JAKARTA, April 12 (Xinhua) -- The World Bank said on Thursday that Indonesian central bank still have rooms to keep its benchmark interest rate unchanged as the international lender forecast there will be no huge amount of capitals exiting from the country amid the normalization program in advanced nations.
Senior Economist of World Bank Derek Chen said the central bank does not need to raise the rate in the near future as the country's rupiah has tended to be relatively stable against the U.S. dollar and performance of the country's bond market remains good.
"There will be no massive capital outflows in Indonesia. BI (Indonesian central bank) will keep maintaining (steady) interest rate," he said.
Chen made the remarks amid concern over outflows of capitals from emerging economies as the U.S. Federal Reserve has tighten its monetary policy and plans to do so in the rest of months this year.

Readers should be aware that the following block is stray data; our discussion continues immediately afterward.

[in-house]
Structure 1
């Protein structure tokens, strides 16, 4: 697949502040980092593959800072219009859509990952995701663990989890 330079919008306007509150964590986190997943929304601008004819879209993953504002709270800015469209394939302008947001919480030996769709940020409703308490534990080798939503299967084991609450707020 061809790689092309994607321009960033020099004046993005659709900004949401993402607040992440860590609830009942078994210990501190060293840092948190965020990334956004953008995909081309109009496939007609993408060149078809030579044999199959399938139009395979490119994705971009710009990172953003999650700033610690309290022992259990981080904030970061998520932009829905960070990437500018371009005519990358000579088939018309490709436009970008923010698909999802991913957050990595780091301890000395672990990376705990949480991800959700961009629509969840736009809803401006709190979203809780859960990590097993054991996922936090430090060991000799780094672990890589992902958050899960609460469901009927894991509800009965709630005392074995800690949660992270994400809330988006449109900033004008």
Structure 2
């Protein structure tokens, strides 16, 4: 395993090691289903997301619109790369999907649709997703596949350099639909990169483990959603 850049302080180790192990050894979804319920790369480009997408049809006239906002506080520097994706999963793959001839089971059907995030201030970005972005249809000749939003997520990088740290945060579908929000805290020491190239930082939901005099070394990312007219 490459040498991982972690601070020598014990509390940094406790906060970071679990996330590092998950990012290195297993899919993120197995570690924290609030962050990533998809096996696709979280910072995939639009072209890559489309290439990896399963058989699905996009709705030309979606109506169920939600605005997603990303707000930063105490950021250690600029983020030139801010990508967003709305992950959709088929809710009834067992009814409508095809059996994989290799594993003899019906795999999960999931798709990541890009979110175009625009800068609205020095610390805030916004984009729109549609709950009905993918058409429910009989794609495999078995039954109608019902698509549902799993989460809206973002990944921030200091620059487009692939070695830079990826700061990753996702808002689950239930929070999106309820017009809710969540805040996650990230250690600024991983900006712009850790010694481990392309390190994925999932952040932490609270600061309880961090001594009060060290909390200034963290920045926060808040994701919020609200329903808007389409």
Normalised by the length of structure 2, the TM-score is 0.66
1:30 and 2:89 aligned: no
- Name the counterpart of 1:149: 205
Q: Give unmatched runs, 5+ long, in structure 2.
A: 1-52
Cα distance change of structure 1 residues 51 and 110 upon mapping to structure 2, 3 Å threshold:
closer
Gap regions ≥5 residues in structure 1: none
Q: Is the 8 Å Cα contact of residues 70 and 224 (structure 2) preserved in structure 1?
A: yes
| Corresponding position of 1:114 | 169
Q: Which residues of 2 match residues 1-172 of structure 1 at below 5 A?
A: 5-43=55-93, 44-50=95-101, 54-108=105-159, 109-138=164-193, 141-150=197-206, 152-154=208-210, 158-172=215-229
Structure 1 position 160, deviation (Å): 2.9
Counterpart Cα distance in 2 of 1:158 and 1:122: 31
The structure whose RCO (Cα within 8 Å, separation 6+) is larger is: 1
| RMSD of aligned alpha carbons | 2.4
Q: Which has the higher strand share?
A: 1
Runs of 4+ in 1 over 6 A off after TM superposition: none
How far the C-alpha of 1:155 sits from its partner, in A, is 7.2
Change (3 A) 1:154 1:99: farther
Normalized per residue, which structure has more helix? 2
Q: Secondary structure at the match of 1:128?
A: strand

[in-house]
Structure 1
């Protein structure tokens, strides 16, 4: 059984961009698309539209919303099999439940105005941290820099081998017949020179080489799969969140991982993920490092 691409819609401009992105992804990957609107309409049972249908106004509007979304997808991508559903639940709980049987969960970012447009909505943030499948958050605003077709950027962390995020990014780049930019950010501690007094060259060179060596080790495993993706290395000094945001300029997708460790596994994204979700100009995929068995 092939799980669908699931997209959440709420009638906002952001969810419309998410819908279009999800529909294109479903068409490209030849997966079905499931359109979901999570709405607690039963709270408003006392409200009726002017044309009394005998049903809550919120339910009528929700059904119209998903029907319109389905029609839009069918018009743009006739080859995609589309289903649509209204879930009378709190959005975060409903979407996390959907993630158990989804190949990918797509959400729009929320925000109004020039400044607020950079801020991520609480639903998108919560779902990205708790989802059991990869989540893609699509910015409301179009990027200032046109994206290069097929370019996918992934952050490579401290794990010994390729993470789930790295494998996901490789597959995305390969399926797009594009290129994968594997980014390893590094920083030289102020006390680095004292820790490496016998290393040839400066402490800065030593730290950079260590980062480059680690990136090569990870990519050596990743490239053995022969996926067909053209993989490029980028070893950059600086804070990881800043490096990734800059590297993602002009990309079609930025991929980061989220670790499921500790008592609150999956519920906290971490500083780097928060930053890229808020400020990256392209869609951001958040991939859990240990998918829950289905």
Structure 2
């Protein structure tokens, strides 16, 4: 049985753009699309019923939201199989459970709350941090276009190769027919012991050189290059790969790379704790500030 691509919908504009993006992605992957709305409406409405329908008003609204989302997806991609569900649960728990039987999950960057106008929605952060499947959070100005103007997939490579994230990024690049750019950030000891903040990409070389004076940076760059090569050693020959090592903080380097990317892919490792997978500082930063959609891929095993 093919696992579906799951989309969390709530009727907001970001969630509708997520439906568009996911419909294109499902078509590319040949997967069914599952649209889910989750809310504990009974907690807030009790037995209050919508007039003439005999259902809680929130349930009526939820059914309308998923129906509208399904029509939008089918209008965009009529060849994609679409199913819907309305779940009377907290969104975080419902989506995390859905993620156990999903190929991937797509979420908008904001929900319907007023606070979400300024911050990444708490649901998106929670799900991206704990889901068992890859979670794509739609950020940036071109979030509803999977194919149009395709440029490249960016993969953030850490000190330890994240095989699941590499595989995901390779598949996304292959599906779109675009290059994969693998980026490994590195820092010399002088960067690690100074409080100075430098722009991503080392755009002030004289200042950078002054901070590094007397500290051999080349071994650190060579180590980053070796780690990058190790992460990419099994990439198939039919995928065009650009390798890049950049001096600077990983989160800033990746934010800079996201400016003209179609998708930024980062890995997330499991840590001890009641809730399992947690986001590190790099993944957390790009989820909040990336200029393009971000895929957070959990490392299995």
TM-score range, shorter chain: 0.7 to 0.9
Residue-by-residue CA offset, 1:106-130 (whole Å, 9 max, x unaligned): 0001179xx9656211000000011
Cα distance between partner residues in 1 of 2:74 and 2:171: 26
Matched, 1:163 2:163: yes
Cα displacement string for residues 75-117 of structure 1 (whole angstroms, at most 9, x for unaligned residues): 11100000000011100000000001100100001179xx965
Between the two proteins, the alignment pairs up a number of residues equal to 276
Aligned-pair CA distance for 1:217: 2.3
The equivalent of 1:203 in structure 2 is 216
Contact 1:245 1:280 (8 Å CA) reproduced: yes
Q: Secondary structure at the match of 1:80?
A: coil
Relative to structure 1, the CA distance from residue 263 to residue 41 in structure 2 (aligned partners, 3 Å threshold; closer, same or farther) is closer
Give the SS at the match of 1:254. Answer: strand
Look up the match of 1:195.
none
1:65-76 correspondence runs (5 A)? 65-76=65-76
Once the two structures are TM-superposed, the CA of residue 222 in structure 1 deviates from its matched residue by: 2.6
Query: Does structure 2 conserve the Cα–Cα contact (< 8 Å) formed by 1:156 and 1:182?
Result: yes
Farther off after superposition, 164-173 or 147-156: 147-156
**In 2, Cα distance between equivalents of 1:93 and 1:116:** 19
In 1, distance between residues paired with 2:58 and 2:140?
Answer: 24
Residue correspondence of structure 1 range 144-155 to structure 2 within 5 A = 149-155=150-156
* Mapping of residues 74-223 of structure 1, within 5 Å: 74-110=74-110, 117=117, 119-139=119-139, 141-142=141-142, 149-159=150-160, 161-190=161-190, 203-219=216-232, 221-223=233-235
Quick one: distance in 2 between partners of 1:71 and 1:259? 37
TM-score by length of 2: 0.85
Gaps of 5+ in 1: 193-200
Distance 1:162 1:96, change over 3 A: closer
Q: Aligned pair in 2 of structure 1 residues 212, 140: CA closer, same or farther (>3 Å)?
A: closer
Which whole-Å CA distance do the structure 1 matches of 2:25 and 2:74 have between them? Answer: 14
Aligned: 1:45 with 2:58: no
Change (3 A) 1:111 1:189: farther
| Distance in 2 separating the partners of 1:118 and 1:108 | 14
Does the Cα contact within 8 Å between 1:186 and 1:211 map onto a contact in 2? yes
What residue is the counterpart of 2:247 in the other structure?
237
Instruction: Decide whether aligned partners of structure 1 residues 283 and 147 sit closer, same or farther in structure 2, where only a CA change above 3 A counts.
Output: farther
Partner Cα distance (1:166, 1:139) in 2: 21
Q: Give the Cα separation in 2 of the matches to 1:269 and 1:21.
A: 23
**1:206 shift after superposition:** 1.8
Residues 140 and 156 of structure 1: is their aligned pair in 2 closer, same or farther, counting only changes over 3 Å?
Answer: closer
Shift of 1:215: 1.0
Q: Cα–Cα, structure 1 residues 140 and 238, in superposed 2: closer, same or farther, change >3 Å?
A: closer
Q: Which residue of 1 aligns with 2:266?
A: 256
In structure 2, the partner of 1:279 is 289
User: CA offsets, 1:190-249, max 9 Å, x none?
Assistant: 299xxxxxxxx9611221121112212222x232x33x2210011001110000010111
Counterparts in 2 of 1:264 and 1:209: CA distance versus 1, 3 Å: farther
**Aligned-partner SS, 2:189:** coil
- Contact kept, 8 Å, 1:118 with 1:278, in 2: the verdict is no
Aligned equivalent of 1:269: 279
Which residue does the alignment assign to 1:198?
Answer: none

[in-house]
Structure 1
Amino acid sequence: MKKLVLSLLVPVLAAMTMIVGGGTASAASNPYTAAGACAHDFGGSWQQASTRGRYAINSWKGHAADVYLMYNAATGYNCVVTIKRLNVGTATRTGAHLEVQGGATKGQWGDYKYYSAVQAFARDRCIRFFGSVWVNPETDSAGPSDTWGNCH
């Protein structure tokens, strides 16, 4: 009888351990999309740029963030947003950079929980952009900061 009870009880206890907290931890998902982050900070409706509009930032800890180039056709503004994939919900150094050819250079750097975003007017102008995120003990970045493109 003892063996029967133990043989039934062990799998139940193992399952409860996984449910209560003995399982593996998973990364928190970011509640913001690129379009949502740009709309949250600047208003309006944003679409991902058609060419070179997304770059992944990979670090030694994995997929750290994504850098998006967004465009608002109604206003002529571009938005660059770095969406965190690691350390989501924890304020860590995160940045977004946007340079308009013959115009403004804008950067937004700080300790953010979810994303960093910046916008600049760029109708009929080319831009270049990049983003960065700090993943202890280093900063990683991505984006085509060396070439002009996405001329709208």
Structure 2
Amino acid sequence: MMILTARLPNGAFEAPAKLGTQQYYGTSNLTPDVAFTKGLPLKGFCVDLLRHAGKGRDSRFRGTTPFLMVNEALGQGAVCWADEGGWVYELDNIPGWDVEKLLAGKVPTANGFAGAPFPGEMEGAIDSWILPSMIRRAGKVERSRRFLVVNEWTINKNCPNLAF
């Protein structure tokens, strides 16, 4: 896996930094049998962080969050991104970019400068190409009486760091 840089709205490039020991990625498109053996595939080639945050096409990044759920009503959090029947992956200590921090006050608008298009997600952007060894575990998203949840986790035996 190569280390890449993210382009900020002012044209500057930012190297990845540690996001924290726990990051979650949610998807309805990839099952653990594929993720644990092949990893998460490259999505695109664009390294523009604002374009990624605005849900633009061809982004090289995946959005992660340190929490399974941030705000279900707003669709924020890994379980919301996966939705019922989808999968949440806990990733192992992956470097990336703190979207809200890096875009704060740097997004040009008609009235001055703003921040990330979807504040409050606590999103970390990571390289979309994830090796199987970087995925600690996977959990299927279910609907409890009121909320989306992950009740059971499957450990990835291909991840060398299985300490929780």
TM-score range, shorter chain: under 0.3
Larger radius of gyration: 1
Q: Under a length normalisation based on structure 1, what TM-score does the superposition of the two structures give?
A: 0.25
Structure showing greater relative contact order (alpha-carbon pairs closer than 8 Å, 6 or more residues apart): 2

On economy, the economist said Indonesia will witness a 5.3 percent gross domestic product growth this year, which is supported by household consumption and investment.
The Indonesian central bank had cut 2 percentages of its benchmark interest rate to 4.25 percent from the start of 2016 until August 2017 to help spur economic growth. The lender has maintained a neutral policy since September last year and admitted to conduct intervention to the financial market in recent months to restrict rupiah volatility.
The Indonesian government expects the economy to expand 5.4 percent this year after growing 5.07 percent last year.